For a book that tells the life story of a woman, Academy Street by Mary Costello is a deceptively slim novel.
Following Tess from her childhood in Ireland to her escape to Manhattan, and to the Academy Street of the title, through to motherhood and old age, Costello conjures an image of a life fully lived.
Academy Street opens with a young Tess encountering death, and the grief she feels stretches through the rest of the book, always in the background or under the surface. Along with her shyness, this leads Tess to be an observer for much of her life, not, in my opinion, participating as fully as she could. She’s a character who my heart aches for, even when good things happen to her.
Costello’s writing is sparse and straightforward, but at the same time full of depth. She creates evocative pictures, and there’s warmth in the story. Academy Street is the kind of novel that envelopes you before you even know it, and then builds to a shocking climax without you even realising, making the shock even worse.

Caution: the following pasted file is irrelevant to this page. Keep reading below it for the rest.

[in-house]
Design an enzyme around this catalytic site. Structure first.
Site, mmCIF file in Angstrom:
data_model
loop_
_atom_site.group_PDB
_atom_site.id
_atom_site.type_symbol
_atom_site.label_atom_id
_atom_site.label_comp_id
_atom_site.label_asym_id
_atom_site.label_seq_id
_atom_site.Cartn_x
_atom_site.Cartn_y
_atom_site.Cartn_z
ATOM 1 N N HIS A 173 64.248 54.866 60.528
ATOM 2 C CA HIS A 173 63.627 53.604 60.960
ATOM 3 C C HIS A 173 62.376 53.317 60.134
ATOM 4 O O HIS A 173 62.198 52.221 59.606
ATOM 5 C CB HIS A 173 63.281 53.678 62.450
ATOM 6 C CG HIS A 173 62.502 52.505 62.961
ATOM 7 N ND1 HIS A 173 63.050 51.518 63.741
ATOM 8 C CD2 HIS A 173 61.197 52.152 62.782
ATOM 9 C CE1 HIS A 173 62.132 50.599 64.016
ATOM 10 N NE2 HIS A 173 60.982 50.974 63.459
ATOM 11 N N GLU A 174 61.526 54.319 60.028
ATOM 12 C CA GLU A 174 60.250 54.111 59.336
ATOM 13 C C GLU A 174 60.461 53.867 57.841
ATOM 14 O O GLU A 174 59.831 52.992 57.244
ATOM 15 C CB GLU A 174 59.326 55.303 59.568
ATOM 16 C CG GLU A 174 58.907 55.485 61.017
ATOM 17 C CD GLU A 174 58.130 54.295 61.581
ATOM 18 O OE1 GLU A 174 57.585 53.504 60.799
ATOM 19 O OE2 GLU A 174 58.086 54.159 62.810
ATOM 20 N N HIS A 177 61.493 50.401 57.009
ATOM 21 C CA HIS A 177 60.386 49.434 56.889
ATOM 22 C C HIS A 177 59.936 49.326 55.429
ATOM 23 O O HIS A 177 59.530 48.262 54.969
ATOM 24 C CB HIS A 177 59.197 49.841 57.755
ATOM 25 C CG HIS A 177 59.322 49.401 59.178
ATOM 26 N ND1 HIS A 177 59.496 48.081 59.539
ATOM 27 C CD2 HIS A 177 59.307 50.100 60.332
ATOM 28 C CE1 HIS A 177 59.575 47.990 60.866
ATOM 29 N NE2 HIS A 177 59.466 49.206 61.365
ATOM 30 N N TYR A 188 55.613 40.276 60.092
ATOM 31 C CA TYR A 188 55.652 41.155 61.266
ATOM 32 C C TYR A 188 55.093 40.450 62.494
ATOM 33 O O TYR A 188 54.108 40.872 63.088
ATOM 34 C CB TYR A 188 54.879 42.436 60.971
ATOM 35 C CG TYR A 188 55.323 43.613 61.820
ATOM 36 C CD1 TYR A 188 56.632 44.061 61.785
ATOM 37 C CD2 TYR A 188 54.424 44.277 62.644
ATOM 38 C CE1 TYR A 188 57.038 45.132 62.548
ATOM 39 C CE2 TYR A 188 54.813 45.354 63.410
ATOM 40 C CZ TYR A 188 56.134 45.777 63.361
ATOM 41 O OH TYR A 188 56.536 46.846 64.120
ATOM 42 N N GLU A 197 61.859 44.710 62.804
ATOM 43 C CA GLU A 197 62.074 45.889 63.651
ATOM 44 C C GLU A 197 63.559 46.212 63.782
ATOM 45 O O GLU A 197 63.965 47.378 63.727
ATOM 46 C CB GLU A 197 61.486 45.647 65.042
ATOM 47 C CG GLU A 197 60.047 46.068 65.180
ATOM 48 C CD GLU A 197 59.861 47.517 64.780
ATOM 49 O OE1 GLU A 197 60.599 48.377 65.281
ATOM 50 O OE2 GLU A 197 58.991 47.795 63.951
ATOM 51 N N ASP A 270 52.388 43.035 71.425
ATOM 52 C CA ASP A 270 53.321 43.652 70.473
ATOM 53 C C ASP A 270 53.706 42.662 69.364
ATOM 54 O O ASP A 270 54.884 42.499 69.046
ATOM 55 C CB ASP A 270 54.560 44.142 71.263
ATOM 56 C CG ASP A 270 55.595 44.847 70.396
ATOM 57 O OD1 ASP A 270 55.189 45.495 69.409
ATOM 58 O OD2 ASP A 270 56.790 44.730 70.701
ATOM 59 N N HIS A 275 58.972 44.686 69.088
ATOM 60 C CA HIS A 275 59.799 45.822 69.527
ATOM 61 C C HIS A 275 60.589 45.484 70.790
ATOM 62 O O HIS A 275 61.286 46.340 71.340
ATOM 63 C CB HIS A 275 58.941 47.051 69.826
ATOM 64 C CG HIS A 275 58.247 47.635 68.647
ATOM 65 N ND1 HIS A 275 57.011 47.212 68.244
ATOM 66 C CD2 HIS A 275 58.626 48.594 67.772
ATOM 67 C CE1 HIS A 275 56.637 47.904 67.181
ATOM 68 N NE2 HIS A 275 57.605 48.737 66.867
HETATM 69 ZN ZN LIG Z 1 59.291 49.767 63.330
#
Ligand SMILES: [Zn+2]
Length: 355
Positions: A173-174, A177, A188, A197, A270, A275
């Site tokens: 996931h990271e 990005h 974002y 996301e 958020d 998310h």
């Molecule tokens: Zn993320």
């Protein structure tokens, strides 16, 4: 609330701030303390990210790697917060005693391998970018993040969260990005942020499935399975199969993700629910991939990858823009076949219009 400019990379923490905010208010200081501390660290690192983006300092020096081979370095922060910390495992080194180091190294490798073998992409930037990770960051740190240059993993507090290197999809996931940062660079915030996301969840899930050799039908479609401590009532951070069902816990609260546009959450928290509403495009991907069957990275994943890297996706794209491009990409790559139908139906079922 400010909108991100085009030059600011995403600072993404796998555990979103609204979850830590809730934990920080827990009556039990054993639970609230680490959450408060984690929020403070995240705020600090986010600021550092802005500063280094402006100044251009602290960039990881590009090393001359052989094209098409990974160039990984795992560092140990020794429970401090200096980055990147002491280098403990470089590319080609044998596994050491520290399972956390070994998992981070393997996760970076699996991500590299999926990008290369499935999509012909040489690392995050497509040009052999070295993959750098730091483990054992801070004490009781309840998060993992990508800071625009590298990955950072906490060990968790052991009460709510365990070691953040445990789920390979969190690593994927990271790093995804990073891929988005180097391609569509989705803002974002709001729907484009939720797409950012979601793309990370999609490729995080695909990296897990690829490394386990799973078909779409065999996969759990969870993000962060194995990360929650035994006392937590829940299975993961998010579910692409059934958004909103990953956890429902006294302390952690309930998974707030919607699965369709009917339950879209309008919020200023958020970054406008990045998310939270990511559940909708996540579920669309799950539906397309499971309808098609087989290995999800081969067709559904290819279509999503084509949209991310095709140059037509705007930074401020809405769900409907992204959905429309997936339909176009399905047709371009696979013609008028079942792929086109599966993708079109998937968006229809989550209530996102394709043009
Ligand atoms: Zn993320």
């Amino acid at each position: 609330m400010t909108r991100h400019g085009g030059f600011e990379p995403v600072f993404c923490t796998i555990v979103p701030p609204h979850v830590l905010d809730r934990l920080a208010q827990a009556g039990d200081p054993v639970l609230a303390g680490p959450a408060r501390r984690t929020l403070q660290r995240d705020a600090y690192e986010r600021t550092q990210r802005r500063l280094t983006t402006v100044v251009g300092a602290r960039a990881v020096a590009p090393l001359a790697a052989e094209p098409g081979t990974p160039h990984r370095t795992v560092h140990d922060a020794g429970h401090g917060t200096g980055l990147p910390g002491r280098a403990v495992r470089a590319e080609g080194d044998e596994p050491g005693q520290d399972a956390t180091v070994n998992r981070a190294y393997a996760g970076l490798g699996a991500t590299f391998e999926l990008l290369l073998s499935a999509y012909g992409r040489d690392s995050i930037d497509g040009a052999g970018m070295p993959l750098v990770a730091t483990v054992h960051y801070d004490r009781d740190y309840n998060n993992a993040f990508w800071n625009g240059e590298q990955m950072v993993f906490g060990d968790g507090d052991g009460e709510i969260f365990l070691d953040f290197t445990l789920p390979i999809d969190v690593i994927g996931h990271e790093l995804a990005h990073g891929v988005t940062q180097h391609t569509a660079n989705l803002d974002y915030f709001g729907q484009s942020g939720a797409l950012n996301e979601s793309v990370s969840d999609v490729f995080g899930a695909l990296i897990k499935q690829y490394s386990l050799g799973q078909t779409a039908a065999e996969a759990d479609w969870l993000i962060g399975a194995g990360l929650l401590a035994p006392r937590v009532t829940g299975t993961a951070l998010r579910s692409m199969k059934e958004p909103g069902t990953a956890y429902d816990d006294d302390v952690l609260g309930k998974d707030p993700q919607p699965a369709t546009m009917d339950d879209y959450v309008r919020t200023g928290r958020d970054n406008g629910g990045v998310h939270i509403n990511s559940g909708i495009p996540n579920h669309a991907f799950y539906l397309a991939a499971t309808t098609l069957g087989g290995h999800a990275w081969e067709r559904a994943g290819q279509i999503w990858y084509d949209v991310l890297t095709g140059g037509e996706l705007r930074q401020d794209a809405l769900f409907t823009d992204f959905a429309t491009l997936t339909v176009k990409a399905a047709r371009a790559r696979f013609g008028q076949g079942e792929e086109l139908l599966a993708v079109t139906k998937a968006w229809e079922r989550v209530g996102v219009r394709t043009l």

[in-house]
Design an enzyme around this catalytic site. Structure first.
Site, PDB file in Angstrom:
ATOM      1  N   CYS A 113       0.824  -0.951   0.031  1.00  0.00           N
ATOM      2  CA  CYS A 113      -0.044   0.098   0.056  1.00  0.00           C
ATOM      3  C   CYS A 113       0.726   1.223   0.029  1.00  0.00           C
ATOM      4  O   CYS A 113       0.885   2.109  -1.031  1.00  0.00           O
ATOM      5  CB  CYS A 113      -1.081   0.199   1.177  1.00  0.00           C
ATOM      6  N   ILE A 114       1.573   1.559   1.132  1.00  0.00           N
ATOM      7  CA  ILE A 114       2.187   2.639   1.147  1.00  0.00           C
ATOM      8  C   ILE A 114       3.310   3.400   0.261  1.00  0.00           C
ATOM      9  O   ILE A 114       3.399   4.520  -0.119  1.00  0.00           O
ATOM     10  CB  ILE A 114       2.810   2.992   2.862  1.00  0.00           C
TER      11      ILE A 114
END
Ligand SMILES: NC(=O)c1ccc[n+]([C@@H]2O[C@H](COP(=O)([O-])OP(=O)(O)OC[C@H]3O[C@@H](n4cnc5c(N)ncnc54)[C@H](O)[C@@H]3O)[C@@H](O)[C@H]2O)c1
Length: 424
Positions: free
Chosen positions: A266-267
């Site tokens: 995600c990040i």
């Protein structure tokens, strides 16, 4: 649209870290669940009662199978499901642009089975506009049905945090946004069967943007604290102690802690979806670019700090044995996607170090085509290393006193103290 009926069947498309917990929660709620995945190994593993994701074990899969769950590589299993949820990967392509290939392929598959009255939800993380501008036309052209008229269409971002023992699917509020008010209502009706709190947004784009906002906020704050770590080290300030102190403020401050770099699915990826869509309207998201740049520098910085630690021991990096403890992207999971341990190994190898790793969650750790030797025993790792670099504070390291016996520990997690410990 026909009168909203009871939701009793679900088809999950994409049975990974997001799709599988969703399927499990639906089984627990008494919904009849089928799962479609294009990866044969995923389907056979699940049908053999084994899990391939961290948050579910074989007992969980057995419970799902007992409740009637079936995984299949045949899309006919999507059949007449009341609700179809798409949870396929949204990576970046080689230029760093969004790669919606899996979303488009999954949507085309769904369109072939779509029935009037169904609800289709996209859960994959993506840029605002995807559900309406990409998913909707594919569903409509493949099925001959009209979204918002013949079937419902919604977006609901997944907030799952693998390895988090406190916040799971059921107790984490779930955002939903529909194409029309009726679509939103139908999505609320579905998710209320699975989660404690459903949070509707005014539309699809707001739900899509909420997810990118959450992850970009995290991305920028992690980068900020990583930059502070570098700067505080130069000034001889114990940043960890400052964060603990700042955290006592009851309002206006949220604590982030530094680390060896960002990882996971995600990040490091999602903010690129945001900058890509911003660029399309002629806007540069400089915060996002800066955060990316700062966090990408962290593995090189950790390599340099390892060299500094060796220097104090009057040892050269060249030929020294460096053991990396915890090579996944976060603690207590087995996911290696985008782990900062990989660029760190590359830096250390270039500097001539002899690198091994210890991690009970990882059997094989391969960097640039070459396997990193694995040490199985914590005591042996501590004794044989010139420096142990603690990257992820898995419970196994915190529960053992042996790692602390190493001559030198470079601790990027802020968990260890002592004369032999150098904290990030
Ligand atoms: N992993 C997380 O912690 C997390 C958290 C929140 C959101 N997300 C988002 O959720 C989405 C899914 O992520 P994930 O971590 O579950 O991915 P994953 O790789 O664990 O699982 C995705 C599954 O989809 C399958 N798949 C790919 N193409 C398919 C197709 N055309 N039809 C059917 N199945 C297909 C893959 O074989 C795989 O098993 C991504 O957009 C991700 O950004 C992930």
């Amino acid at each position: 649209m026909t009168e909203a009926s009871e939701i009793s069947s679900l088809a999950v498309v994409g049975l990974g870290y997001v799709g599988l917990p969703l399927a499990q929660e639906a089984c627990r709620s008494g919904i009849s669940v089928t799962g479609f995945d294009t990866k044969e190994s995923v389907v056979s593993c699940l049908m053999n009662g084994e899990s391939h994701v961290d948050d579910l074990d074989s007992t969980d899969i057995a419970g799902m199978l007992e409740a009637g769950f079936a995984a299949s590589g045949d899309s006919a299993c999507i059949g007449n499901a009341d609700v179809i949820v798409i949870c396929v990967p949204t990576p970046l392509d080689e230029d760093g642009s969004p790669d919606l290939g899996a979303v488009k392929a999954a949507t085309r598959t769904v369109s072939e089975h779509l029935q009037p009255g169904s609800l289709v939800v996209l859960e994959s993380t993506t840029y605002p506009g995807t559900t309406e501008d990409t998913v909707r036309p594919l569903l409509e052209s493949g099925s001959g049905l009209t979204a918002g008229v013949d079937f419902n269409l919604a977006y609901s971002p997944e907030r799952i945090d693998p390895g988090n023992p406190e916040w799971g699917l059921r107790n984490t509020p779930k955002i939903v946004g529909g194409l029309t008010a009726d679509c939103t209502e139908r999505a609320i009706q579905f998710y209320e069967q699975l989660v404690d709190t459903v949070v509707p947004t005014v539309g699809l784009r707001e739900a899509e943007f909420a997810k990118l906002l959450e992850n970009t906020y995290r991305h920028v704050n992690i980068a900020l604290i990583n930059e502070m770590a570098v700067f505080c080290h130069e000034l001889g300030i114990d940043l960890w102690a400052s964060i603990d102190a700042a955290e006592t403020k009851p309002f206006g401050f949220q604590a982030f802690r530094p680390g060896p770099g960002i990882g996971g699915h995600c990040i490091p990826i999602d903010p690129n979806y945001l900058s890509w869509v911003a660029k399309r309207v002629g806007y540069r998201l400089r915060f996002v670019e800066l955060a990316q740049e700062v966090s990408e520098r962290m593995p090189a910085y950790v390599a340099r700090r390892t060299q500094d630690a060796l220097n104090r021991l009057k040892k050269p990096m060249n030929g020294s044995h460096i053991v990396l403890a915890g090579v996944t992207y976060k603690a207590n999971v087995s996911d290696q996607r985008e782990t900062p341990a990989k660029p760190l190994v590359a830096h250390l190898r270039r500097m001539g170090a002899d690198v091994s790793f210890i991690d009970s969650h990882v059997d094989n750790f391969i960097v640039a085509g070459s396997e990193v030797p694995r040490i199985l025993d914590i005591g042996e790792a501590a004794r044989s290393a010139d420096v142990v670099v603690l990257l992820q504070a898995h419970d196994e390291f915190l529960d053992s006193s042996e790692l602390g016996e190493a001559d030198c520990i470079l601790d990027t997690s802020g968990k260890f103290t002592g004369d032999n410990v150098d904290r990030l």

Academy Street is a beautiful novel, about family and loss and opportunities missed and a life lived. It’s gentle while being harsh, quiet while being loud, and shows how even ordinary lives can make compelling stories.
How I got this book: From the room of books at work.